4. The correctness of such assessment for the assessment years 1996-97, 1997-98 and 1998-99 was challenged by the petitioner-company in I.T.A. Nos. 236, 237 and 238 of 2004-05 and the Commissioner (Appeals) has by order January 27, 2005, held that the disallowance of the capital portion of the lease rent paid by the Bank of Madura was confirmed, however, the appellant shall be entitled to deduct the sub-lease rent received against the disallowance of the lease rent paid and the total income was enhanced for all the assessment years by disallowing the interest portion of the lease rent paid. The petitioner-company has filed further appeals before the Appellate Tribunal, however, the petitioner has subsequently withdrawn his appeals filed before the Appellate Tribunal. The petitioner has thereafter come forward with the revision under section 264 in respect of the assessment for the assessment year 1995-96 along with the petition to condone the delay in filing the revision and the petition to condone the delay was dismissed. As against which, the petitioner preferred W.P. No. 29083 of 2007.

5. During the pendency of the proceedings, as referred to above, the petitioner-company has been issued with demand notices for payment of income-tax arrears for the block assessment years from 1993-94 and assessment years 1996-97, 1997-98 and 1998-99 periodically and the last demand notice is dated November 24, 2004, demanding the payment of Rs. 4,60,44,541 under section 226(3) of the Income-tax Act. The third respondent has on the same day, passed a garnishee order in and under which, the third respondent has attached the income from two windmills owned by the petitioner, the maintenance and operation of the same are entrusted with M/s. Indo Wind Energy Ltd. The order of attachment is, according to the petitioner, in addition to the attachment of some of the bank accounts, the details of which are furnished at paragraph 14 of the affidavit filed in support of W.P. No. 8751 of 2010.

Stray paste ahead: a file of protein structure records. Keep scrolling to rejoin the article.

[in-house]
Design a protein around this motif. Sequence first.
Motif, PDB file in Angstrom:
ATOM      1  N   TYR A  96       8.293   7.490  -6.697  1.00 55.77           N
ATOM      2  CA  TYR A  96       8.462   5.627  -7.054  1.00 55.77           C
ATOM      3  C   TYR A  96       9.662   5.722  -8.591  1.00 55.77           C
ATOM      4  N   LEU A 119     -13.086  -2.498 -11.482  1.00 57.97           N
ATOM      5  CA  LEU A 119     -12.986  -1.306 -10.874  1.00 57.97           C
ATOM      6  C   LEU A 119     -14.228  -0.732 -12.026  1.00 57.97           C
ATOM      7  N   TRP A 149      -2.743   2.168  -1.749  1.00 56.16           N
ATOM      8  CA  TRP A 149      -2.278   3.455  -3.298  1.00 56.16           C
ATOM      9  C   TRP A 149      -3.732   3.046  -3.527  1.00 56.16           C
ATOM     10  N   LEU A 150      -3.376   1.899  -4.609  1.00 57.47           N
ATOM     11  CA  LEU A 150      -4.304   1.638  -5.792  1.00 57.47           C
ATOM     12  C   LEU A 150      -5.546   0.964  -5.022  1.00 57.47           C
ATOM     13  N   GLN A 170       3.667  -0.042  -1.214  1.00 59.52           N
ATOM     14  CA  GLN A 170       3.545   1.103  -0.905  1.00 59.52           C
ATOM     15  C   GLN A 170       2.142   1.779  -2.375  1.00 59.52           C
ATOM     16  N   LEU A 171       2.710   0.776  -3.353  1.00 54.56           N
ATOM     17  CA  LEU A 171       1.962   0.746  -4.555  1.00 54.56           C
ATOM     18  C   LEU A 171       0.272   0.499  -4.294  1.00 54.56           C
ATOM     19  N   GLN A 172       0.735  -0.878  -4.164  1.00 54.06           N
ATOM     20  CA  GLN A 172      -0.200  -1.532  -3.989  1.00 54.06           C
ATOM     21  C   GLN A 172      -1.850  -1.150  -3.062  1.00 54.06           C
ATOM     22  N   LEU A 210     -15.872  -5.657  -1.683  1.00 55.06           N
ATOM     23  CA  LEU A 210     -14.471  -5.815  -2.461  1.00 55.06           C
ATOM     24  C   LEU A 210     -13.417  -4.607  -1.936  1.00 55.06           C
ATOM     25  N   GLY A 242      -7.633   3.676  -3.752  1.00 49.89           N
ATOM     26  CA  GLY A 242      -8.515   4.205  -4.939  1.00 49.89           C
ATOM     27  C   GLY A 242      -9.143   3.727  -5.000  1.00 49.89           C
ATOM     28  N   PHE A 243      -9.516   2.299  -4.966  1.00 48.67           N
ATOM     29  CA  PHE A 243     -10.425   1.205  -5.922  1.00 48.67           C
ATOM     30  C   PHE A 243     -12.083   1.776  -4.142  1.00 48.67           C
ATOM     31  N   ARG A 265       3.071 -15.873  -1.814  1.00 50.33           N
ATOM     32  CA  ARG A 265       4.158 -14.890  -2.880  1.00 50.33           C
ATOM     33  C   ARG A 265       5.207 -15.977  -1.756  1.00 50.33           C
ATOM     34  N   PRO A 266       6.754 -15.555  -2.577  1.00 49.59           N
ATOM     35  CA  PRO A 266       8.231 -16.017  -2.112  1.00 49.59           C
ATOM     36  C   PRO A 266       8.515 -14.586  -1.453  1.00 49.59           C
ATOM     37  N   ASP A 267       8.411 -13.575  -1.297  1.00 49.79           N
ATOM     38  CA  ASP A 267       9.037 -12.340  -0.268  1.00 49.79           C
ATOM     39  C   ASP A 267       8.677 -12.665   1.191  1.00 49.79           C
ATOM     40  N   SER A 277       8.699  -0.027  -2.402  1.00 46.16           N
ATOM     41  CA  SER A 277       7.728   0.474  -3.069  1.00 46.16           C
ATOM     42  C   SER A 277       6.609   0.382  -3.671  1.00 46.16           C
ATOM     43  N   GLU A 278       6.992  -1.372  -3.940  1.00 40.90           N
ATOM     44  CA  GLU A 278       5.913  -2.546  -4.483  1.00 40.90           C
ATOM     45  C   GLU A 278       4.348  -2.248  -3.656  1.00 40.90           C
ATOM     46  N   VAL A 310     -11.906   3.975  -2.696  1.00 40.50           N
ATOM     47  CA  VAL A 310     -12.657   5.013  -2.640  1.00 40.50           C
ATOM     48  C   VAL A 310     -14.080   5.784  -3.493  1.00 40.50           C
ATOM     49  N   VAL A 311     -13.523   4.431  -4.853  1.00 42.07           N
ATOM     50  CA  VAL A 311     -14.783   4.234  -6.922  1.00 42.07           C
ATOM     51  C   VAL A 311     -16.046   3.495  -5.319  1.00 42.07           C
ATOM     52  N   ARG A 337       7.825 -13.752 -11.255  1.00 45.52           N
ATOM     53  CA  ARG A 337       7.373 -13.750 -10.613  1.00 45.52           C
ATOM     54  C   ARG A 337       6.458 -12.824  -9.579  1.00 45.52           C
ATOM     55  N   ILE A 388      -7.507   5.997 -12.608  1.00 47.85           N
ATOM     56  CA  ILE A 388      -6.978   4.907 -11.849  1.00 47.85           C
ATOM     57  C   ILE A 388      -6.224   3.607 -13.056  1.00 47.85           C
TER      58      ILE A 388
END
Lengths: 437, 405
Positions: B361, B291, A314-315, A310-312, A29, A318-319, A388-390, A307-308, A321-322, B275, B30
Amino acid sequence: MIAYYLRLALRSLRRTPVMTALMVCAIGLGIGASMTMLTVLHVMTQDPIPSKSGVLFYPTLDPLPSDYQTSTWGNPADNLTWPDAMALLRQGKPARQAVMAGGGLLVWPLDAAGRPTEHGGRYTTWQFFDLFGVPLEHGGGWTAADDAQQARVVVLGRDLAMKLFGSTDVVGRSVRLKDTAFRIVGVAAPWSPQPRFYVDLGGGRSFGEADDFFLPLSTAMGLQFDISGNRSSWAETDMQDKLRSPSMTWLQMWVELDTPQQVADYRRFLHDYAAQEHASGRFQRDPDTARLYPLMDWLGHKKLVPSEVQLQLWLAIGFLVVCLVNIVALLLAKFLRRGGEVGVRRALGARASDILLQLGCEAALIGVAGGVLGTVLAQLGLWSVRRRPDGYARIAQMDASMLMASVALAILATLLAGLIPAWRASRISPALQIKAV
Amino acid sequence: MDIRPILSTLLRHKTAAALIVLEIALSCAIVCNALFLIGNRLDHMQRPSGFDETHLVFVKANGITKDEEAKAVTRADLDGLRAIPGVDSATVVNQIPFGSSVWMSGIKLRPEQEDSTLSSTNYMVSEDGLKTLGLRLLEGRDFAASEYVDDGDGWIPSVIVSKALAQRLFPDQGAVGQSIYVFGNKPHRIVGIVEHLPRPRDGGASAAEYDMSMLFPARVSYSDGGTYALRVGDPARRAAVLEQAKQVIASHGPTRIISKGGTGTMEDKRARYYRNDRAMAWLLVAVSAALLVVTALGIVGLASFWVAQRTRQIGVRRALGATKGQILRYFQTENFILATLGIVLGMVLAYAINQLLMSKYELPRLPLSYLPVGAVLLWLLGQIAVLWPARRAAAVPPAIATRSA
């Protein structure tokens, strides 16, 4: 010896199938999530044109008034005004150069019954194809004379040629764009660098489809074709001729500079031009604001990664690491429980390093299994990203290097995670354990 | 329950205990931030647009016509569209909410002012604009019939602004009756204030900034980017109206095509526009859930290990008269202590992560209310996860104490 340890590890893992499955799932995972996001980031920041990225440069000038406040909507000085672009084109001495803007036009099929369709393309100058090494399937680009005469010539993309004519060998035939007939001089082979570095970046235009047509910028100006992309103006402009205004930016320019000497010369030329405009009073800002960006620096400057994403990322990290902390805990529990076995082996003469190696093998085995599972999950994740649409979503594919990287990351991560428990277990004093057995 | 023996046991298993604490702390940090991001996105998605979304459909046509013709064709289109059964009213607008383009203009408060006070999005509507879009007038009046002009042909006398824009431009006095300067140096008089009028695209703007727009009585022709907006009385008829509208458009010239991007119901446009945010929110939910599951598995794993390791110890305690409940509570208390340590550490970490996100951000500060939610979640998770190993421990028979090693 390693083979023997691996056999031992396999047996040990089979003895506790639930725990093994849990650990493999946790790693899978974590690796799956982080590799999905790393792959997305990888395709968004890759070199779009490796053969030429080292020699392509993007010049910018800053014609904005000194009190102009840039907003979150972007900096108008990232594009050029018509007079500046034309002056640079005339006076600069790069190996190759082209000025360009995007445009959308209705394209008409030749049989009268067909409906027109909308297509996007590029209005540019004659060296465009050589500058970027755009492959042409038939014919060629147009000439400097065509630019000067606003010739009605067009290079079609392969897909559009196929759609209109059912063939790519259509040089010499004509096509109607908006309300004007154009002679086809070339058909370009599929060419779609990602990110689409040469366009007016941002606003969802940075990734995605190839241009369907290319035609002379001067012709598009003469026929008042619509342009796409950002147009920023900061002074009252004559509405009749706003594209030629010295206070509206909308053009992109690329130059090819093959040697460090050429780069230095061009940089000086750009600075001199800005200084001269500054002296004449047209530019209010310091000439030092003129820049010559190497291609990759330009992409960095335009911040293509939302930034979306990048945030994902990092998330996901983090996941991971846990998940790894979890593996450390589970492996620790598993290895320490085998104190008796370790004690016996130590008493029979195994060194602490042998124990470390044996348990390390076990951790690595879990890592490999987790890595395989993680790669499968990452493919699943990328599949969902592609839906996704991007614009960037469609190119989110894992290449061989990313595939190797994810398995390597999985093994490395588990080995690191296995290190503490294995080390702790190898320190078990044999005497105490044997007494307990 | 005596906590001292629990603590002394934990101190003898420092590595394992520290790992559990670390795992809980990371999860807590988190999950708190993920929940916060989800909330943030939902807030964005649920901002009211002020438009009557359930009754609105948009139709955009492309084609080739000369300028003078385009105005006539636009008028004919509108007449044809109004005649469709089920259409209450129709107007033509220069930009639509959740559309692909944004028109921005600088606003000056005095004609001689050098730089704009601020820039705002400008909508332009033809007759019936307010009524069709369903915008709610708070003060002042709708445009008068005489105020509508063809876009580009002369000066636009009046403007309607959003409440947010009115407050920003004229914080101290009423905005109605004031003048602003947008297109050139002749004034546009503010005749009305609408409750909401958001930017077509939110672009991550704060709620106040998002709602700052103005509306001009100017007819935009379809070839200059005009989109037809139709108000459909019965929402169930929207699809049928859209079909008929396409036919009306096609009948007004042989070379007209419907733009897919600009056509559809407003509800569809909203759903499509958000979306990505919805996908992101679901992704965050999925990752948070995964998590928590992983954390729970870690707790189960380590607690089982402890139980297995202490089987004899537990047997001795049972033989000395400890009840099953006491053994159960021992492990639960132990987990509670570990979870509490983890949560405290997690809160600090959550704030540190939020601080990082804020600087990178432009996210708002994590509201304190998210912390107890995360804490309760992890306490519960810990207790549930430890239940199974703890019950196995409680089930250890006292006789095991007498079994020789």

6. In pursuance of the attachment order, the income derived from the Tamil Nadu Electricity Board for the supply of energy from the two windmills owned by the petitioner are being adjusted towards arrears of income-tax and while so, the third respondent has also passed another attachment order dated March 31, 2010, thereby attaching 64,21,765 equity shares of the petitioner held in M/s. Indo Wind Energy Ltd. Aggrieved against the same, the petitioner has come forward with W.P. Nos. 8751 and 8752 of 2010.

7. I heard and considered the rival submissions made on both sides and perused the records.

8. In all the three writ petitions the main grievance raised by the petitioner-company is that the petitioner’s endeavour to file a revision petition under section 264 to reopen the assessment for the assessment year 1995-96 is to get consistent finding about the lease transaction with the Bank of Madura and another company at Baroda in consonance with the finding rendered in the assessment for the subsequent years 1996-97 to 1998-99. It is contended by the learned counsel for the petitioner that as the appellate authority has in the appellate orders for the subsequent years relating to 1996-97 to 1998-99, allowed the petitioner’s claim in respect of the lease transaction of the petitioner with the Bank of Madura and another company at Baroda, the assessment order in respect of the assessment year 1995-96 deserves to be interfered with in respect of the same lease transaction and in the event of the same order being passed in respect of assessments for all the assessment years consistently, the same is likely to reduce the taxable income and tax liability of the petitioner to considerable extent and the delay in filing the revision for the assessment year 1995-96 for the said purpose is to be liberally construed and the petitioner ought to be given an opportunity to contest the assessment in respect of the particular year on the merits.